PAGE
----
If you're of a similar mind, then I would definitely check out J. Period's 'Man or the Music' (great title) Michael Jackson tribute mix. I heard it on the freeway yesterday while en route to Santa Monica. Great stuff, focusing primarily on Michael Jackson's earlier career, with some fun mixes and demo versions.

Long live the music.

Thursday, June 25, 2009

Vinho Verde's RED WINE

Best known for slightly fizzy, lime inflected, simple, thirst quenching, warm weather white wine quaffers, northern Portugal's Vinho Verde DOC actually produces a sizable amount of red wine as well (at one point the figure stood at nearly 50% of the region's total production). Hardly any of it reaches the US, primarily due to the high demand for this style of wine in the region, as well as the unusual, raspingly tart flavor profile.

Upon tasting my first red ('tinto' as its called there) vinho verde, I knew that I had a new unusual summer red to enjoy, and additionally that I had to stock it in the store. According to one of our Portuguese wine suppliers, world reknowned food and wine guru Darrell Corti is the only other retailer to stock the wine in northern California, so I guess that puts me in pretty good company.

The wine in question here is the Casal Garcia Vinho Verde Tinto, produced by the large Quinta de Aveleda winery. They sell boat loads of their reliably tasty, dry quinta label vinho verde, but I'm curious as to how many cases of the tinto get exported. I can't imagine it being much more than 500 cases, which for a winery whose production is well into the hundreds of thousands, is a tiny amount. Produced primarily from Vinhão grapes, as well as from some Azal Tinto, this wine is an odd bird. The color is shockingly deep and dark purple for what one might expect out of a wine with 10% alcohol. Barnyard like aromas on the nose combine with some savory cherry fruit, all leading to a slightly petillant, edgy palate of red berries, cherries and a bit of brett, finishing with appealingly dry, rustic tannins. Unlike 99.9% of red wine out there, this one probably did not go through malolactic fermentation. Serving this wine at cellar temperature (i.e. pop it in the fridge for 30 or so minutes) helps to highlight the high tones of the wine and reign in the funk. Though it may be described as funky, tart, cheap, or worse, I would maintain that you could do a lot worse out there. In fact, for under $10 I'd take this as a summer red over most examples of the following: anything from the new world (duh...), cotes du rhone, bordeaux, spanish garnacha, monastrell, zweigelt, sangiovese, and any other would be contenders. Granted, it's a limited field these days for interesting reds under $10.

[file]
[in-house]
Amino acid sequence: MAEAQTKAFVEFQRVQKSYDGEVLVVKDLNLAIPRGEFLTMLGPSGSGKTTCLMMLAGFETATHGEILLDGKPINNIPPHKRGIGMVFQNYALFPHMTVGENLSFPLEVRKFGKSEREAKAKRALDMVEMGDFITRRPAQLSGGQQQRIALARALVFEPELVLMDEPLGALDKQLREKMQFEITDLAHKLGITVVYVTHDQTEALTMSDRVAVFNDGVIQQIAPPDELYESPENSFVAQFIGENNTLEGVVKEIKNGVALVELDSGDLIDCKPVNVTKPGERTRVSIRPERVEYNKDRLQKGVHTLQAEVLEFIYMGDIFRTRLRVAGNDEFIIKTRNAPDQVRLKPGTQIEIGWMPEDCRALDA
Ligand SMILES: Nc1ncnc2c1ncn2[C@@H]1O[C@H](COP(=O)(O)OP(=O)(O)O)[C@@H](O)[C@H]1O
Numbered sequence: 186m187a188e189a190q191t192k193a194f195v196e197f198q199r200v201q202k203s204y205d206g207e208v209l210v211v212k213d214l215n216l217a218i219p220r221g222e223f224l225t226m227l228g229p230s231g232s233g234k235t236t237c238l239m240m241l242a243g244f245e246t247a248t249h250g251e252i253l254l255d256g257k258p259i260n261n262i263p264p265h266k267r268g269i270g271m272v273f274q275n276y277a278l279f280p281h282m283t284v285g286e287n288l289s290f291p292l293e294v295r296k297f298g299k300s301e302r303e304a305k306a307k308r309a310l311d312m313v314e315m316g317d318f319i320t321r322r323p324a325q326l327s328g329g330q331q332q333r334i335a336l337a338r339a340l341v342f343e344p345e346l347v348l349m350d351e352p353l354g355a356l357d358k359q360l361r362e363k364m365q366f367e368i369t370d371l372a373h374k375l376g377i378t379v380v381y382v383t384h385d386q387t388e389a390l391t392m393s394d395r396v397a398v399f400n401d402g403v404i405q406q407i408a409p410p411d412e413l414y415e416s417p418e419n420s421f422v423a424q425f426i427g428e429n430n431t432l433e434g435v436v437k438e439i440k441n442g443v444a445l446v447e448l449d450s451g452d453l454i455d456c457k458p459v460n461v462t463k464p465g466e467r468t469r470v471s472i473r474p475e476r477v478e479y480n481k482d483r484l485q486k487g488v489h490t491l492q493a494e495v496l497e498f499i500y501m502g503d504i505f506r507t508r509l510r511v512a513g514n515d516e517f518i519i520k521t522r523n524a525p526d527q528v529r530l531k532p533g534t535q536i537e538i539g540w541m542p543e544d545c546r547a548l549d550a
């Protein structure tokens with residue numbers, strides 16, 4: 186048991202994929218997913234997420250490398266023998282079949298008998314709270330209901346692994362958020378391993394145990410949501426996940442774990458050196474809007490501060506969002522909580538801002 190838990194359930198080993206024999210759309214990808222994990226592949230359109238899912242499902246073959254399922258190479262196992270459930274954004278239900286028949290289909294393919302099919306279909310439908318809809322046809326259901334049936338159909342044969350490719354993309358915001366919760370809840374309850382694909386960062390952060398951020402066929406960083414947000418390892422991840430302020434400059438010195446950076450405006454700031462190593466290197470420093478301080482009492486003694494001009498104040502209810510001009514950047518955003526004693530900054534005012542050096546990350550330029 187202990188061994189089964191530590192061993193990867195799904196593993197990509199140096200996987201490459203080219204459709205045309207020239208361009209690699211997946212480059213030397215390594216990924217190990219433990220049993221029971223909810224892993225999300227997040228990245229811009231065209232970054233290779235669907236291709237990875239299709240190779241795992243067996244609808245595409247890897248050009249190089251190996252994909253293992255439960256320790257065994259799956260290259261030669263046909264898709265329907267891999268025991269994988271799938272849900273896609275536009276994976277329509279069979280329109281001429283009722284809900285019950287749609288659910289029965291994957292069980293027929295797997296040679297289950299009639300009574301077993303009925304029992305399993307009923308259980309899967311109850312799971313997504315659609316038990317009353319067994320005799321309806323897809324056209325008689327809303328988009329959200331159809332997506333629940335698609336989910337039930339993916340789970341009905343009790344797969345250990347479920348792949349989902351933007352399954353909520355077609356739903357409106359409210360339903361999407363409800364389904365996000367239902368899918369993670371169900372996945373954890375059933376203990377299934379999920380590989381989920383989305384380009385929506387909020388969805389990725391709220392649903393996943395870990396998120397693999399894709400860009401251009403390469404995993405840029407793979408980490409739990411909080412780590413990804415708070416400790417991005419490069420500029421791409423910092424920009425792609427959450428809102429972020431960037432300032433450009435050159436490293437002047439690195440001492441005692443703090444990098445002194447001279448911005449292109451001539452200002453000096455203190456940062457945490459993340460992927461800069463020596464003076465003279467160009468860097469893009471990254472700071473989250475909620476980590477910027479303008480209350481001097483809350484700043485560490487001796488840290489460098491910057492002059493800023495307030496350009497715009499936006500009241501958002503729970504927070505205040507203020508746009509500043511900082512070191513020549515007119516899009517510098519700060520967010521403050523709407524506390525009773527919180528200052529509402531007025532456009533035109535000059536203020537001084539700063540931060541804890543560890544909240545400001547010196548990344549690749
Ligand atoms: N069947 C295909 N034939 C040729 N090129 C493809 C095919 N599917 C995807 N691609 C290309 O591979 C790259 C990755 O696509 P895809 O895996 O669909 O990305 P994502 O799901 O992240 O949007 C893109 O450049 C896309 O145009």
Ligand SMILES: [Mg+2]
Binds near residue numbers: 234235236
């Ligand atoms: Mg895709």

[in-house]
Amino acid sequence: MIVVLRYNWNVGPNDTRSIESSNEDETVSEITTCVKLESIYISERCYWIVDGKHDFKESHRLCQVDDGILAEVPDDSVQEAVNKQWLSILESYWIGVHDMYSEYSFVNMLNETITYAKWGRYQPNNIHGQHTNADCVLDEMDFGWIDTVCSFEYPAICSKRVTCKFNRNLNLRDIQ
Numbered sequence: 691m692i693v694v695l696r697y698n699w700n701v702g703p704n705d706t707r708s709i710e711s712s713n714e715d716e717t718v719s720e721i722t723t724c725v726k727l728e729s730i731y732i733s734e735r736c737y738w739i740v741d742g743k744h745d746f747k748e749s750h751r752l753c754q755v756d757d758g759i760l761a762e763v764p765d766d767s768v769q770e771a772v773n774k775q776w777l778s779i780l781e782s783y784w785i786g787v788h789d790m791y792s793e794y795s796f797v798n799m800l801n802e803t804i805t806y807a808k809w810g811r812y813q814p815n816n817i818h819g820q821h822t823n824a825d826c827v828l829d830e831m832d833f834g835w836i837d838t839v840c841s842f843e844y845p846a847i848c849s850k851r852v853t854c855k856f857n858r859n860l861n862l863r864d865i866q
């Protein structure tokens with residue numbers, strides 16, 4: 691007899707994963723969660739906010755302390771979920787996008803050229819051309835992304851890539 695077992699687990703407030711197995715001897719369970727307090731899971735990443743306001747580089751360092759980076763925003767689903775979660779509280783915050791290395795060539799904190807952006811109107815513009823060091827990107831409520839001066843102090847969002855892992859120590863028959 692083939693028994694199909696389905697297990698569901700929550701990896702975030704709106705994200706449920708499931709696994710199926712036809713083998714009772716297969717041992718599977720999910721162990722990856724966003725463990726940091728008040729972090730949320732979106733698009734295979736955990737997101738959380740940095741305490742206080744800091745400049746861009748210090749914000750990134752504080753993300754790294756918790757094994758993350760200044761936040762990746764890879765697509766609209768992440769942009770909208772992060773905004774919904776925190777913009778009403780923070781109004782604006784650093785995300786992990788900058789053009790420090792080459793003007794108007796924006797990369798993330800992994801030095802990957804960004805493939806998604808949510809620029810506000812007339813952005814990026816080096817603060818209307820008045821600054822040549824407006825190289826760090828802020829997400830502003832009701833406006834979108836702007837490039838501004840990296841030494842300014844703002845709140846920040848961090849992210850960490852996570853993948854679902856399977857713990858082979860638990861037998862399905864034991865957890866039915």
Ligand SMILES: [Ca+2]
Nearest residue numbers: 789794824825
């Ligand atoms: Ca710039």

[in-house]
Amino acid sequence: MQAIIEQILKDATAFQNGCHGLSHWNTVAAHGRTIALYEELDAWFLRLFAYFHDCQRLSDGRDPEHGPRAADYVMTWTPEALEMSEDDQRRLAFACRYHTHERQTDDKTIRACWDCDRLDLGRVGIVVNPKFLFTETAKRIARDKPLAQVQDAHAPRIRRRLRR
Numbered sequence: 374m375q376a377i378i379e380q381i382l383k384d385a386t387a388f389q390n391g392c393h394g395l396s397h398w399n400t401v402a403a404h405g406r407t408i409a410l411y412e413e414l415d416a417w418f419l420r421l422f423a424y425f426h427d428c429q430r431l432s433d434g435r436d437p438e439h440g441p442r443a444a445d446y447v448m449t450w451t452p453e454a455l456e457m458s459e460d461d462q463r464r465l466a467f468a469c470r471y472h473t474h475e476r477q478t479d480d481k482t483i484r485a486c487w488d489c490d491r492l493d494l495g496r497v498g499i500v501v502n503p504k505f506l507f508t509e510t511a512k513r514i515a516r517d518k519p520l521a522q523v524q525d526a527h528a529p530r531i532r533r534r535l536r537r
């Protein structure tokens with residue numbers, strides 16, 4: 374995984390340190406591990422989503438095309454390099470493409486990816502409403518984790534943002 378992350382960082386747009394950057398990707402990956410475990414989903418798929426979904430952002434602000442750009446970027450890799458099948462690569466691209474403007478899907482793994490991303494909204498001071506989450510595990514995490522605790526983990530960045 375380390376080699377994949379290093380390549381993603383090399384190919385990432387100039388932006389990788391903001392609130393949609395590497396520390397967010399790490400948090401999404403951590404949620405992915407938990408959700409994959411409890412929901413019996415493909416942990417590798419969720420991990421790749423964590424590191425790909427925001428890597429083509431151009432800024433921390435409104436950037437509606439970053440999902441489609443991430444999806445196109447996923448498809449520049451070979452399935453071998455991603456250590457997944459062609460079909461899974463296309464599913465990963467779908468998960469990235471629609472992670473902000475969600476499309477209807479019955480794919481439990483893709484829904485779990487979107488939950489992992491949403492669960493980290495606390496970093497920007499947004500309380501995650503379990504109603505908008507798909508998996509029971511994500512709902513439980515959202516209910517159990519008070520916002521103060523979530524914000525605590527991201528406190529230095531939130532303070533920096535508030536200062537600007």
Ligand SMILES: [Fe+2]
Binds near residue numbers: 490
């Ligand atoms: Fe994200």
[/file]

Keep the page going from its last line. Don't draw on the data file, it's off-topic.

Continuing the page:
Drink this with some hearty, flavorful food from your favorite purveyor of Michoacan style tacos. or burritos.

Monday, June 22, 2009

Best under $10 bottle of the year thus far

A photo of Phillipe Tessier's Cour-Cheverny. Please note, the bottle pictured is 2006 vintage; the post is about the 2004.

Let's start the week off right with a genuine, bona fide post about honest, tasty, affordable wine. A wine blogging back to basics post if you will. Tonight I opened my second to last bottle of 2004 Phillipe Tessier Cour-Cheverny to go with a quick, light, thrown together at the last minute vegetarian dinner of perciatelli a la trapanese (i.e. pureed, uncooked roma tomatoes with garlic, salt, olive oil and almonds) accompanied by sides of swiss chard sauteed with bacon, and baked zucchini. While the food was fresh, tasty, and competently prepaired, and the pairing worked fairly well, I must admit that the highlight was the 100% Romorantin wine I had opened.

Tessier makes wines that typically have minimal fat and little immediate appeal. They are usually a bit taut and mineral, in fact there is this tough to describe pungency to his wines (both red and white) which may be off-putting to some. For this particular bottle, on this evening, however, the pungency took a back seat to incredibly pure, focused, well-delineated flavors. Citrus oil, pink grapefruit, a hint of grapefruit pith. Not NZ sauvignon blanc grapefruit here. As an aside, what an unfortunate thing that some people associate grapefruit like flavors with obnoxious, manufactured New Zealand sauvignon blanc. That's like confusing a perfect, in season grapefruit for Minute Maid grapefruit juice from concentrate. Away from grapefruit and back to Tessier, his '04 Cour-Cheverny is pure, perfectly balanced and quite persistent. I paid a mere $6 per bottle on this wine (solid closeout purchase) and I wish that I had at least another case.

May everyone out there drink at least one bottle this tasty over the next week.

Sunday, June 21, 2009

'Mr. Dodd': The Father of Reggae on Father's Day

One of the fathers, at any rate. Clement Seymour 'Sir Coxsone' Dodd, RIP.

Enjoy the Sunday Studio One special:

Friday, June 19, 2009